In Akwa Ibom State, antenatal care utilization is low at 67 percent.13 The reason for decision to use antenatal care services is poorly understood. It is important to note that the quality of care a woman receives during pregnancy plays a vital role in ensuring the healthiest possible outcome for mother and baby. This invariably will reduce global maternal/newborn mortality.1,4 There is paucity of studies that identify these factors in the Akwa Ibom State. This study was aimed at identifying factors that influence decision to use antenatal care services among pregnant women.
MATERIAL AND METHODS
This longitudinal study was carried out at the antenatal clinic of the University of Uyo Teaching Hospital, located in Uyo, the Capital of Akwa Ibom State in the South-South Geopolitical zone of Nigeria.
Using the Cochran formula for large populations, a sample size of 330 was calculated from an estimated study population of 3,874 clinic attendees taking into consideration the state antenatal care utilization rate of 67% at 95% confidence interval, taking degree of precision to be 5% and non-response rate 5%.
A purposive sampling method was adopted where all consenting eligible respondents were consecutively recruited from July 2013 to September 2013.
A Semi-Structured Interviewer-administered questionnaire sought information on the background characteristics of respondents including reasons for utilizing antenatal care. A written consent was obtained from all respondents and women that were very ill were excluded from the study. The Institutional Health and Ethical Research Committee of the University of Uyo Teaching Hospital approved the study.
The data entry and analysis were done using SPSS version 17.0 with the level of significance set at p<0.05.
A total of 330 pregnant women were recruited for the study. The socio-demographic distribution of the respondents is shown in table 1. The mean age of the respondents was 29.37± 4.255 with a range of 16-42 years. Nearly all the women were Christians (99.4%) and married (95.2%). About 80.6% lived in urban settlements and more than half of them (58.5%) and their husbands (68.5%) had tertiary level of education. Almost two-third of the respondents (64.5%) were of parity one to four. Table 2 showed the respondents’ antenatal profile. Data from 275 respondents showed that 93.4% of them had more than 4 antenatal visits although only 15.4% of them booked in their first trimester. The most common reason for attending antenatal clinic was to assess foetal wellbeing (90.6%). Nearly one-third of respondents suggested that their husbands alone decided place to receive antenatal care while 27.3% decided jointly as a couple.
Table 3 showed a list of services received and knowledge gained from antenatal care clinic attendance. The most common service received was measurement of weight (99.1%) and blood pressure (99.1%). Best place of delivery (97%) was the commonest knowledge gained from the clinic followed by care of the newborn (96.7%) and nutrition in pregnancy (96.1%).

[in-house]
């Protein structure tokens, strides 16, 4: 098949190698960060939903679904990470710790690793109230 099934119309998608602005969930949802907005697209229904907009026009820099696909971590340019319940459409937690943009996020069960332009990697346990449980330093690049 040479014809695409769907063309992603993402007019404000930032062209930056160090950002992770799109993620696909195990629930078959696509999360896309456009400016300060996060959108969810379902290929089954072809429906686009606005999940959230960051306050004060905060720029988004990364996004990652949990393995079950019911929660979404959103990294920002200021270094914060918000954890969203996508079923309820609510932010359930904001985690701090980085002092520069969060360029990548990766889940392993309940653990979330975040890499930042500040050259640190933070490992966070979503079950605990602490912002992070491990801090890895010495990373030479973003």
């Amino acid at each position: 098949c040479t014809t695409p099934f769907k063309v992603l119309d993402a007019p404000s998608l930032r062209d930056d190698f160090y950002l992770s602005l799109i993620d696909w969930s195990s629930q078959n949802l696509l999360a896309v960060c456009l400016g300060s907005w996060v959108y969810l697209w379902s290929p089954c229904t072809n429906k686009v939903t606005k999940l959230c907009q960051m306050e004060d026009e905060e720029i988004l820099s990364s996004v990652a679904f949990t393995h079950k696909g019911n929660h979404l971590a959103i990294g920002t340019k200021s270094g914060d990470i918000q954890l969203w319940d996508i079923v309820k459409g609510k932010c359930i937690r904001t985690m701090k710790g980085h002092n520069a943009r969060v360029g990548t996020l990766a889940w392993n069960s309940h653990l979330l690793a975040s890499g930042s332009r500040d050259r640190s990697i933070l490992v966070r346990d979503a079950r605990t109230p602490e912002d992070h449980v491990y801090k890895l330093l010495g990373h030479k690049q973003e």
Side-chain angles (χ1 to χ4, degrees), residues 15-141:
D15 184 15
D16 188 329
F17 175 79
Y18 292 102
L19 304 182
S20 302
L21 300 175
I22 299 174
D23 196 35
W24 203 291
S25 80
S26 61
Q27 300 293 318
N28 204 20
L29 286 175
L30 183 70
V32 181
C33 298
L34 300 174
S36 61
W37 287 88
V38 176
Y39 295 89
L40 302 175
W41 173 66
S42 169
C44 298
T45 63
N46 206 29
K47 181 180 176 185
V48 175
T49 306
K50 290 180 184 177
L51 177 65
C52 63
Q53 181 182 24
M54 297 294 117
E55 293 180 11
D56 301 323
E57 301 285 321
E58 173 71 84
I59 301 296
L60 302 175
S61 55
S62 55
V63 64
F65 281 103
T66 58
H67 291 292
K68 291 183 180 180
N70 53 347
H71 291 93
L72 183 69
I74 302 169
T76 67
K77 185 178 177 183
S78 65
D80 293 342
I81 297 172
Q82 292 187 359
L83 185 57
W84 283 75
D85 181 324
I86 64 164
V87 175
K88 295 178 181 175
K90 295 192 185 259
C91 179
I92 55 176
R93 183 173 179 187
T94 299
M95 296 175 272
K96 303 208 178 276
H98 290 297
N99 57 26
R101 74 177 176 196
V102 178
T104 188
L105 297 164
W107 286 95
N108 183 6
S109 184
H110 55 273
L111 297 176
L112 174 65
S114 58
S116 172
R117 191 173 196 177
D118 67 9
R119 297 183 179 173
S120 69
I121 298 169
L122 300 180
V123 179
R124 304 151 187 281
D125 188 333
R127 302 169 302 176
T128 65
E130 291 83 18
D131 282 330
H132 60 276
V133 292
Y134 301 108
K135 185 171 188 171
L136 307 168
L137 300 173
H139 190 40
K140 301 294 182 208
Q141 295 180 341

Table 4 showed the multiple regression on the decision to use antenatal care. A double log model was the lead equation, with the lowest standard error (SE) and highest relative coefficient ®, to identify the factors that influence decision to use antenatal care. Out of the five independent variables, only two were statistically significant at p<0.001. These were the nature and extent of antenatal care services, and knowledge of benefits of use of antenatal care services. The insignificant variables compared were maternal age, marital status, and maternal education.
Maternal age, education and marital status were not identified as factors that influence decision to use antenatal care services in this study. This contrasts with similar studies which identified them as significant risk factors.14,23,24 After multiple regression, two factors were found to be significant at influencing the decision to use antenatal care. The first was the Nature and extent of antenatal care services provided by the health facility (p=0.000, SE=0.145). This was like other studies which reported that good antenatal care services provided tend to improve health-seeking behaviours during pregnancy.10,14 In this study, the most reported services were measurement of weight (99.1%) and blood pressure (99.1%). This was like findings in other studies.11,14,23
The second factor was the knowledge of benefits derived from antenatal care (p=0.000, SE=0.148). Other studies with similar results found out that adequate knowledge gained during antenatal care visits influenced better health outcomes among pregnant women.25
It is worthy to note that although the prevalence of women attending 4 or more antenatal clinic visits in this study was 93.4%, only 15.4% registered in their first trimester. More than half of them (57%) registered in their second trimester. This finding was like high rates of registration at antenatal clinics in the second trimester reported in other studies.26,27 Various reasons for late booking given in other studies included perceived correct time, inappropriate advice by providers, time constraint and incidence of unplanned pregnancies.28
In this study, about one-third of respondents (31.5%) reported their partners as the sole decision-maker of place of antenatal care, about a quarter (27.3%) made joint decision with their husbands and 23 percent decided on their own. Another study with slightly similar findings was in Uganda were it was reported that 40.5 percent of the pregnant women jointly decided with their partner to use antenatal care services, 35 percent deciding on their own and 14.3 percent had their partners decide alone for them.20